Why is broadcast radio terrified? They are attacking Howard in the press by saying the four million listeners who switched to Sirius in the last year is just a drop in the bucket of their 280 million listeners. But that's exactly why they're so scared. There's another 280 million potential new buyers who might also switch. Sirius has tremendous growth potential.
Sirius has sold four million radios so far. And there isn't any particular reason to think that eventually they might sell tens of millions every year. Apple has sold 50 million iPods since 2001.
One thing that has been holding back Sirius sales that there are shortages of their most popular players. They're selling them just about as fast as they can make them. But there is another thing that has been holding them back. Their radios are crap.
Don't get me wrong, satelite radio is great. It's digitial, you can get a signal anywhere in the United States. It has commerical free music and, most importantly, two channels of Howard Stern.
Unfortunately, the actual radios, the hardware being sold is pretty lousy. The radios are generally ugly, poorly designed and manufactured. I got a Starmate Replay and the LCD broke when I pushed my fingers too hard on it. I then bought the top of the line S50 and the buttons feel cheap and don't respond properly. Moreover, the S50 is suppose to be portable, but you can't listen to Sirius live, you have to have pre-recorded the content. Recording is for some reason limited to 2 hour blocks. Overall, Sirius radios feel like cheaply made electronics from a Chinese knockoff company. These are not slick iPods.
This isn't too surprising. Before Howard announced he was moving to Sirius, the company was in deep trouble. It was losing money like crazy and had less that 600,000 listeners. It makes sense they didn't have the kind of money that Apple has to throw into the research and design of iPods let alone Apple's experience in manufacturing.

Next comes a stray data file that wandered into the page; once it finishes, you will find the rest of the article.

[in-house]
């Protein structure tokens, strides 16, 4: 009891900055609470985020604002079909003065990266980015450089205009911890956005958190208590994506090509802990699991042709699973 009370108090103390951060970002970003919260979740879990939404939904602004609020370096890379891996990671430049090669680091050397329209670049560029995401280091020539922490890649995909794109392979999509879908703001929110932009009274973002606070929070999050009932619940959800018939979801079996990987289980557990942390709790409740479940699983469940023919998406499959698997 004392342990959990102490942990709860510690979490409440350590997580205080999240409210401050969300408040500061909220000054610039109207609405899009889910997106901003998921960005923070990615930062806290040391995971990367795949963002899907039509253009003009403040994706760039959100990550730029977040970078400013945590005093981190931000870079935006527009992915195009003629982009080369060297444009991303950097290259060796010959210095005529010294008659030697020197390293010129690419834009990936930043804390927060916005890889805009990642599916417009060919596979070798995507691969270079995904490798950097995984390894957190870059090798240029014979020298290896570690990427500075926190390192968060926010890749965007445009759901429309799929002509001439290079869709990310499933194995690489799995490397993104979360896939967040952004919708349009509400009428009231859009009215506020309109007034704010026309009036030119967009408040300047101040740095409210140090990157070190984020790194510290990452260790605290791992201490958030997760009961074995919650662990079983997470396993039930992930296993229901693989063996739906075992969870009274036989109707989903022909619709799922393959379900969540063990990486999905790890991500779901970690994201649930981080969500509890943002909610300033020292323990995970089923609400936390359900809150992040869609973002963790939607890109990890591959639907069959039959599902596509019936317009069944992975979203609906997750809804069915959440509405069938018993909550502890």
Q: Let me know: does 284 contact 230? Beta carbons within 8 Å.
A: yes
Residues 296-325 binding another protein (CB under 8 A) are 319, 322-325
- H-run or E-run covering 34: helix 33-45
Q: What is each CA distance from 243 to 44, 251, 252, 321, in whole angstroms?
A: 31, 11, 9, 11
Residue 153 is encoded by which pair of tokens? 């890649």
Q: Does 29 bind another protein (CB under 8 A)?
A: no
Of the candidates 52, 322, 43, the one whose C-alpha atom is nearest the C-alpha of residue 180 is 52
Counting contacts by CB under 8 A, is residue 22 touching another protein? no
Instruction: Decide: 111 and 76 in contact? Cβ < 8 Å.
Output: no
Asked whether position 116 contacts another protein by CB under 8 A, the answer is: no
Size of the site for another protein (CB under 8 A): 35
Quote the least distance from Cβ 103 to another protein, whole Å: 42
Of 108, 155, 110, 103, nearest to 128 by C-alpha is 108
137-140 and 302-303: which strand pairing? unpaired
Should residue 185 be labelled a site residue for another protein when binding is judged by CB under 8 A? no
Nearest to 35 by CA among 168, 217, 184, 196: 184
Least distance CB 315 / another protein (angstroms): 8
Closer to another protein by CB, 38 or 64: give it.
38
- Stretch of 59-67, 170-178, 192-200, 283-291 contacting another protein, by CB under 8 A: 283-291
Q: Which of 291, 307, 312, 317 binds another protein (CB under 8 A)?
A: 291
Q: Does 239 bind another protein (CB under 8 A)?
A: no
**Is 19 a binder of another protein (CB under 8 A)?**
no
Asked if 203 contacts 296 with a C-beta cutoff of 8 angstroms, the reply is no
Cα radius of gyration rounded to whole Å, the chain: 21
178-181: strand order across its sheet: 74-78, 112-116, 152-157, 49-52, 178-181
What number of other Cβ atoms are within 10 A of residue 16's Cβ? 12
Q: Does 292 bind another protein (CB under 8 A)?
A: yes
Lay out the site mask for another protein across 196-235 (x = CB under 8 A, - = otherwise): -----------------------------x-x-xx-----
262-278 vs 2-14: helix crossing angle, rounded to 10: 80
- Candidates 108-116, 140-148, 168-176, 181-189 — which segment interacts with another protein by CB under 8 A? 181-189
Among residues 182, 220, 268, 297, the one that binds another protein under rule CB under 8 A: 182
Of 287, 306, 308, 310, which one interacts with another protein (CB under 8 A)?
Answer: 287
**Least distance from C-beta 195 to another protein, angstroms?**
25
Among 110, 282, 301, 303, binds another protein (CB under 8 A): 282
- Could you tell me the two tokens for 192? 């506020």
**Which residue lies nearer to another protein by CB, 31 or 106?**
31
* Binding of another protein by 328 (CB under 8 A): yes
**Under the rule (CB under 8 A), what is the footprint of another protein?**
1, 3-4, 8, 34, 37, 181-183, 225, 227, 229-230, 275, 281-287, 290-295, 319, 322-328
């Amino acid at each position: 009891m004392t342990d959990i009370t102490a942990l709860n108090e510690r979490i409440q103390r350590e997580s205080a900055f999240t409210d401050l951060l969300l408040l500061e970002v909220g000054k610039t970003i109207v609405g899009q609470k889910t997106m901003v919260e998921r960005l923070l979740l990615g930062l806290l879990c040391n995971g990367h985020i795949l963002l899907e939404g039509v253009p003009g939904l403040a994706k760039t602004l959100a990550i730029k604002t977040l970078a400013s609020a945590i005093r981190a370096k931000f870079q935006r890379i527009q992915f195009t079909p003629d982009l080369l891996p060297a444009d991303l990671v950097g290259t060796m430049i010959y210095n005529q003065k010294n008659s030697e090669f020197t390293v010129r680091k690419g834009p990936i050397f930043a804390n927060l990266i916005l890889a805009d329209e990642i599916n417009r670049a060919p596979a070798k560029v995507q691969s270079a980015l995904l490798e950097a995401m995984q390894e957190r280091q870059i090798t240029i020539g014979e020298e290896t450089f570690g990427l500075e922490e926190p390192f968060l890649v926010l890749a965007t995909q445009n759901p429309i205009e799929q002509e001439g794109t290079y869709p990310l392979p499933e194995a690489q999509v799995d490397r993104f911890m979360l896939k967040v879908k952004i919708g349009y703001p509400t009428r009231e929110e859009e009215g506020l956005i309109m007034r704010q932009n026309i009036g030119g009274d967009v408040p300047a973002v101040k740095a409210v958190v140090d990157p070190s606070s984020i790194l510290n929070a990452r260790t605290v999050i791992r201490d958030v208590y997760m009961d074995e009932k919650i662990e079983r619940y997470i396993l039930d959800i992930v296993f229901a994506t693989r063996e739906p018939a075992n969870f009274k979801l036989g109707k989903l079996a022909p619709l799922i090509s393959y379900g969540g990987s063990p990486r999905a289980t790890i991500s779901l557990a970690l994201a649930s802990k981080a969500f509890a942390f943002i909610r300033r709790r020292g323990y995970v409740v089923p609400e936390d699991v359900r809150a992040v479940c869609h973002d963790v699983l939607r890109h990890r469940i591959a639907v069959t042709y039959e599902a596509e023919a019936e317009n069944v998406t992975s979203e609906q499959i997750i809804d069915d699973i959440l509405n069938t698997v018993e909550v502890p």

But thanks to Howard that's all about to change. 4 million new subscribers represents $40 million in cash a month flowing into Sirius, more than enough to upgrade their products.
And new products are coming, in particular the Stiletto, which looks much slicker and solves a lot of the problems with the S50 including the recording limit. It offers true portability.
Another key development is that the Stiletto will be the first radio that will be able to pick up Sirius in WiFi zones. This will expand the coverage of listening to inside buildings where the need of an antenna prevented fans from getting Sirius. This will mean that people all over the world will finally be able to hear Howard.
And that's the problem for traditional broadcast radio. Their core technology is completely outdated however pretty, cheap and availible their hardware is. That's why they're scrambling for HD radio, but the whole notion of radio being broadcast by individual stations across the country is outdated regardless of any changes they might try. It simply makes more sense to get radio from satelite, and the technology for getting it is simply going to keep improving.
Right now, over 4 million people were willing to buy crappy radios with lots of problems just to listen to Howard. But as the radios improve, people might actually start buying them because they are slick products. How long will it take before a large percentage of those 280 million traditional radio listeners switch over to satelite. It took Apple 5 years to get to 50 million iPod users. I think Sirius might get there a lot faster.
And that's another reason for Sirius to smile. They are not only in the cable television subscriber business (which is a very good business to be in) where they get monthy payments for the content they broadcast, but they are also in the hardware business like Apple. They come out with a cool new product like the Stiletto, and Howard's millions of fans would buy the new toy, AND keep subscribing. Heck, maybe they'll even give the old one to a friend who will then subscribe.
And Sirius has an advantage over Apple because of it's subscription model. When they come out with a new product, rather than discount the old hardware, they can simply give it away for free. As they already are doing with a lot of outdated crappy radios. But it's worth it in the long run for the subscription fees. And guess what, when those new listeners get hooked, they'll buy cooler new radios.
This also works for the retailers Sirius counts on for sales. They understand that this is a business where they can sell a new radio to an old customer anytime Sirius comes out with a cooler, sleeker, more fuctional product. It's a pretty neat trick to suddenly find yourself int the iPod and cable subscription business, to of the most profitable business to be in today.